The smaller pieces of pork were marinated in a red sauce made of tomatoes, salsa verde (Worcestershire sauce), soy sauce and more. Then wrapped and tied up in banana leaves. The oven had been heating for quite a few hours and now it was ready for the parcels of pork. A sheet of corrugated iron was placed under and over the parcels and then it was closed up by shoveling sand on top. It was left to cook  (overnight) for about 12 hours.

That evening we were able to see the Easter procession on the central street. Two big floats were carried by several guys and the street was decorated with many patterns using coloured sawdust and water. Following the floats was a ute with a big stereo that played traditional music. I think the photos can explain this better.

The following day guests began to arrive around midday and the oven was opened. Just before though, I noticed a crab walking slowly next to the oven and a pile of wood. On closer inspection I noticed that it was a tarantula!!!! Arrrrgh woah…not a crab. We also saw one in the bathroom later that night…aaargh. They are actually quite interesting to look at (see photo)…but I wouldn’t want it to walk over my face when I’m asleep in bed.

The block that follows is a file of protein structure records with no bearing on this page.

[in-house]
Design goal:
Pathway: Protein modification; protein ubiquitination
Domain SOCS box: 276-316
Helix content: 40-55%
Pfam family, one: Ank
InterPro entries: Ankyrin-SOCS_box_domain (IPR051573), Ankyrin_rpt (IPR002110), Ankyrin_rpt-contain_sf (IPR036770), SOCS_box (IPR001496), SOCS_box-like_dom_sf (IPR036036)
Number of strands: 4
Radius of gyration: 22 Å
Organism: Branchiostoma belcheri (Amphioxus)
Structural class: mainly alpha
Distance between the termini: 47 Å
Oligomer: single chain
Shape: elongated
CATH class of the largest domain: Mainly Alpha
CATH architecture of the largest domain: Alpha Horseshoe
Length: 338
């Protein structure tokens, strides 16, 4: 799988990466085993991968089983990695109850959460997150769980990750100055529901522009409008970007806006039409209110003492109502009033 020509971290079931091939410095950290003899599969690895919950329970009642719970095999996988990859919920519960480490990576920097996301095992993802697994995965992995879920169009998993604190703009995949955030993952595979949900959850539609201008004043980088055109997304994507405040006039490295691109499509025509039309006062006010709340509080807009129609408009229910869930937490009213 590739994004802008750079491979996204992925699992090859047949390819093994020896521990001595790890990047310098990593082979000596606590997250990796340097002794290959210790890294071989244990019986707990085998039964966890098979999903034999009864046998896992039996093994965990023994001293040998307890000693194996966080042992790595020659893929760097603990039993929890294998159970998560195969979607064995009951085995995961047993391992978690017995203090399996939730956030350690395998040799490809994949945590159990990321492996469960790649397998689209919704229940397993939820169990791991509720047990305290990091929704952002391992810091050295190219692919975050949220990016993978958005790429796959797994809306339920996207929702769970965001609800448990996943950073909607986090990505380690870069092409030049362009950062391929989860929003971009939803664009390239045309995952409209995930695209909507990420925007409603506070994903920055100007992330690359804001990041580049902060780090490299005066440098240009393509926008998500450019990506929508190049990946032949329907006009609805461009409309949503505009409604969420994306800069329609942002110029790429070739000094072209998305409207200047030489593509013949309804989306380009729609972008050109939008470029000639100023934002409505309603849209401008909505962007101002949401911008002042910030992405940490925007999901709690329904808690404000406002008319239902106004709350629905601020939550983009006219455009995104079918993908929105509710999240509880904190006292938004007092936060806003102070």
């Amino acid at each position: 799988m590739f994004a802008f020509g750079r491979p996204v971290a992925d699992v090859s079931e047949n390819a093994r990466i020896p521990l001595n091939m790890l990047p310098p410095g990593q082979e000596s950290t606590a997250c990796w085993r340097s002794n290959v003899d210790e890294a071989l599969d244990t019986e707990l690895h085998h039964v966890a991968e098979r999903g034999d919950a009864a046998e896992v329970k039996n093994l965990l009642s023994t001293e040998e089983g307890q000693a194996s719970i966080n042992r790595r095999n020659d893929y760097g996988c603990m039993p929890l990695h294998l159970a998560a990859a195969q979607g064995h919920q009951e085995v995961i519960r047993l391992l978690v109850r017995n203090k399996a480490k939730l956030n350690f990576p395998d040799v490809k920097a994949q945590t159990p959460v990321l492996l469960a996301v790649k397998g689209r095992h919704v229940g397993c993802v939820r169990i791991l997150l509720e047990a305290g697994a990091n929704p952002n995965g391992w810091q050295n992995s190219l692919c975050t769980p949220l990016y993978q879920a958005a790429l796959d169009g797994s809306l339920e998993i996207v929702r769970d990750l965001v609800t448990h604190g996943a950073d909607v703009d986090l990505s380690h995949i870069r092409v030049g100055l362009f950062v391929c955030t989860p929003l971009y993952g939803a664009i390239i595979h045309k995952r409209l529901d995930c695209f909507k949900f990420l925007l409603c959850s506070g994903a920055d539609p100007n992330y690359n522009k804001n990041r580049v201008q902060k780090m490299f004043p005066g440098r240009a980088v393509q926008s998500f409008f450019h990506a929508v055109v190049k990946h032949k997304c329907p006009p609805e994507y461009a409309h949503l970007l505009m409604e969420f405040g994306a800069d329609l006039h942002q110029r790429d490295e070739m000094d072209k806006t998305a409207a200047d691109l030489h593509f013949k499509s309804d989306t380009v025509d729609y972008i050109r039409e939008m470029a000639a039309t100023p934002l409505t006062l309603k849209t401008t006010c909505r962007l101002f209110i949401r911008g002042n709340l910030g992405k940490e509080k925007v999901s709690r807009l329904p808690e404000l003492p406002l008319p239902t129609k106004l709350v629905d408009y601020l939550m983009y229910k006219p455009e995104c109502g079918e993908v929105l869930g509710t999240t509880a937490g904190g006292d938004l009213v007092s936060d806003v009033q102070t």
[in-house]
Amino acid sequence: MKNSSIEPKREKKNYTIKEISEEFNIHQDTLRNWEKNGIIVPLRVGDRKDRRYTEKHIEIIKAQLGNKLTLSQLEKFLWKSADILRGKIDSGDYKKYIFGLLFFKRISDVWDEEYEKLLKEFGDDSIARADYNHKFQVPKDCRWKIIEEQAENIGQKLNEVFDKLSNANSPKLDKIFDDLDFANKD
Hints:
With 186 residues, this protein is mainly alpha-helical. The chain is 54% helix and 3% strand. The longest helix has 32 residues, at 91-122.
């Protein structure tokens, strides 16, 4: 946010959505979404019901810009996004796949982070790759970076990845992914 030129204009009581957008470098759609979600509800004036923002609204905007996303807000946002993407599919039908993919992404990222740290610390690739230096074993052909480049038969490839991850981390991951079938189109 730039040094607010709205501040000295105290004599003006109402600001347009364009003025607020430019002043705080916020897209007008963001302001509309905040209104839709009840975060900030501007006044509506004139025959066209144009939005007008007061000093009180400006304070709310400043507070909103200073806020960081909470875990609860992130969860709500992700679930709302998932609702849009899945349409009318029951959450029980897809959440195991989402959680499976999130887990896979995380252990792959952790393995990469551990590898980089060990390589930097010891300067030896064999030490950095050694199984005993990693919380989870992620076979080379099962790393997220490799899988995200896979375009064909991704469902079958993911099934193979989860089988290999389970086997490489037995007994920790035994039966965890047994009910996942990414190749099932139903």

Carlos’ 40th birthday party was really good, we even got to see our 1st Marimba band which is a giant xylophone played by 6 guys who use two sticks in each hand to play. There was also a bass and drum player. It sounded great! Matt suffered some “cuisine retaliation” as earlier he had inflicted the pain of Vegemite onto some of Carlos’ relatives. Guess what they had for Matt to try??? Pig intestines….lol. (see photo of Matt enjoying this delight.) We did some dancing and enjoyed eating the delicious bbq pork with fresh tortias and potato salad. The tamale parcels were delicious too. We practiced our “Spanglish” and found that some guys spoke really good English too. We are learning a few more Spanish words, which helps a lot…but I wish I knew more. We drank Brahava beer and tried Ron Zacapa white rum. Just after the main bbq meal was finished it began to rain. The sky turned purple and it really poured down. The marquee roof filled with water and gushed over the edge. Most of the guests rushed into the house until no more guys could fit in. It was kind of exciting and funny that the weather changed so quickly. I guess that’s what it is like living in the tropics.

The following day we helped to tidy up the back yard. The underground oven was still smoking a little. In the afternoon we went to Carlos’ sisters place for Cerviche, which is a prawn dish with coriander, chilli, onion, lemon juice and Worcestershire sauce. It’s eaten with a dry cracker and is a favorite of mine.

Carlos helped us to pick out the best places to visit next…the Peten Cito (Zoo), Tikal (Ancient Mayan ruins), Yuxa and Uaxatun. So we headed out by micro bus back to Flores to start our new journey.